Wednesday, November 14, 2012

Hashed Brussels Sprouts: A Twist on Tradition Thanksgiving

Behold the Brussels Sprout by Ashley Gartland

Photograph by © John Valls, excerpted from Dishing Up® Oregon

Before you start your attack on the much-maligned Brussels sprouts, let me say this: I know they are stinky and sulfurous. They are the red-headed stepchild of the produce aisle, an ingredient shrouded in many decades’ worth of bad memories and misinformed opinions. I wasn't subjected to them as a child, but I know they are the terror of the table for many of you.

But as an adult, I’ve learned that when you cook Brussels sprouts properly and pair them with equally bracing ingredients - like a pungent coarse-ground mustard - they shine. Try them this way, and you'll forget the mushy sprouts of your past and actually find yourself craving the things.

Proper cooking, in my opinion, starts with proper prepping, so we're going to start this recipe off by hashing those little green spheres. Throw the strips in a smoking hot skillet with a bit of white wine, olive oil, and butter, and they'll turn silky without losing their delicate crunch. Then finish the side dish with a bit of salt and black pepper and that aforementioned mustard, and you too will develop a soft spot for sprouts.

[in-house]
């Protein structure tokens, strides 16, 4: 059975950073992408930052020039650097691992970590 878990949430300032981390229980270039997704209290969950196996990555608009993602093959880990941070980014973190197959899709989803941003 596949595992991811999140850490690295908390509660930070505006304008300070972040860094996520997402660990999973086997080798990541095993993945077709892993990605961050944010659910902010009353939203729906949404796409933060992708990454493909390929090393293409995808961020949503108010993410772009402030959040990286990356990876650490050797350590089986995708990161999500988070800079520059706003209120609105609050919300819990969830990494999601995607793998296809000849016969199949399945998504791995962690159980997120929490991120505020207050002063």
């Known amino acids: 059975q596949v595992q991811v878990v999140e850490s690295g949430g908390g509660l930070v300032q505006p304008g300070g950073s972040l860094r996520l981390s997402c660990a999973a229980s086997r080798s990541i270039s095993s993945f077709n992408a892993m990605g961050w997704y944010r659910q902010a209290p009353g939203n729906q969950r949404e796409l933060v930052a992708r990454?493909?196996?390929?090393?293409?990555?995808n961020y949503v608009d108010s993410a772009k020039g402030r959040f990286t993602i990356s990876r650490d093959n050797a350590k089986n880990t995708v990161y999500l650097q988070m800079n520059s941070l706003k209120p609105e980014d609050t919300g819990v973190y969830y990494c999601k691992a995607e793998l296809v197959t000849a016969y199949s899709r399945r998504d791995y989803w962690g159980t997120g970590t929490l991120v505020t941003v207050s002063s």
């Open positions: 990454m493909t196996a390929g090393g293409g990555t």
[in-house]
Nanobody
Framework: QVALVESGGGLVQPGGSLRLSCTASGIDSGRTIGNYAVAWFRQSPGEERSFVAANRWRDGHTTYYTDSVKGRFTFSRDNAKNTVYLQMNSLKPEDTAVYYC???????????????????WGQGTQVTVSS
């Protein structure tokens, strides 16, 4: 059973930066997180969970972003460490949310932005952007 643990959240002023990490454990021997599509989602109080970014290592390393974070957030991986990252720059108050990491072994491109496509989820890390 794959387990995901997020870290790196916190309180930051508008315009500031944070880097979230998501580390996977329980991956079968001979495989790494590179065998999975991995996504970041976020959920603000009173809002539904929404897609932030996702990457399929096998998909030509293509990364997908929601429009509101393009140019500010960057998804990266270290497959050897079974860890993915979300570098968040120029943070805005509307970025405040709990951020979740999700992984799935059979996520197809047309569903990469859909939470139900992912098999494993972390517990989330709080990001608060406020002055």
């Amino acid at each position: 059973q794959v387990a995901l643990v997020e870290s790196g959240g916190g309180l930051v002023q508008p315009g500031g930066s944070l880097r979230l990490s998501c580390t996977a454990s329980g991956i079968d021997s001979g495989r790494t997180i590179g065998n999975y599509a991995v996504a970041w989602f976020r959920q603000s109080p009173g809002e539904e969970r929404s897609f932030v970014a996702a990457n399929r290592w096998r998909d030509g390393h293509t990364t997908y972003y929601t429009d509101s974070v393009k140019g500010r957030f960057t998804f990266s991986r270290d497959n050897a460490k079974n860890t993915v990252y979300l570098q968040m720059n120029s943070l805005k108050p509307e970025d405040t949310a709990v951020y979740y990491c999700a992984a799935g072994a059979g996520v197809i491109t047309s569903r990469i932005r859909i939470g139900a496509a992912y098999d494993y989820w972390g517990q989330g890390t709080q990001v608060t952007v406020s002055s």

Hashed Brussels Sprouts

4 Servings

1 pound Brussels sprouts, trimmed
11/2 tablespoons apple cider vinegar 
1 tablespoon unsalted butter
1 tablespoon extra-virgin olive oil
2 tablespoons dry white wine 
1 tablespoon coarse-ground Dijon mustard
Salt and freshly ground black pepper

  1. Rinse the Brussels sprouts in cold water in a large bowl. Drain and halve lengthwise. Slice each of the wedges into 1/8-inch strips and toss with the vinegar in a medium bowl.
  2. Warm the butter and olive oil in a large skillet over high heat until the butter melts. Lower the heat to medium and add the sprouts. Cook, stirring occasionally, until the sprouts have wilted slightly but are still bright green and slightly crisp, about 4 minutes.
  3. Add the wine and continue cooking the sprouts over medium heat, stirring occasionally, for 1 minute longer. Remove the skillet from the heat. Stir in the Dijon mustard until well combined. Salt and pepper to taste. Transfer the sprouts to a serving bowl and serve immediately.
Excerpted from Dishing Up® Oregon © 2011 by Ashley Gartland. All rights reserved.

Go to A Twist on Tradition Thanksgiving Menu for more great Thanksgiving recipes.

No comments: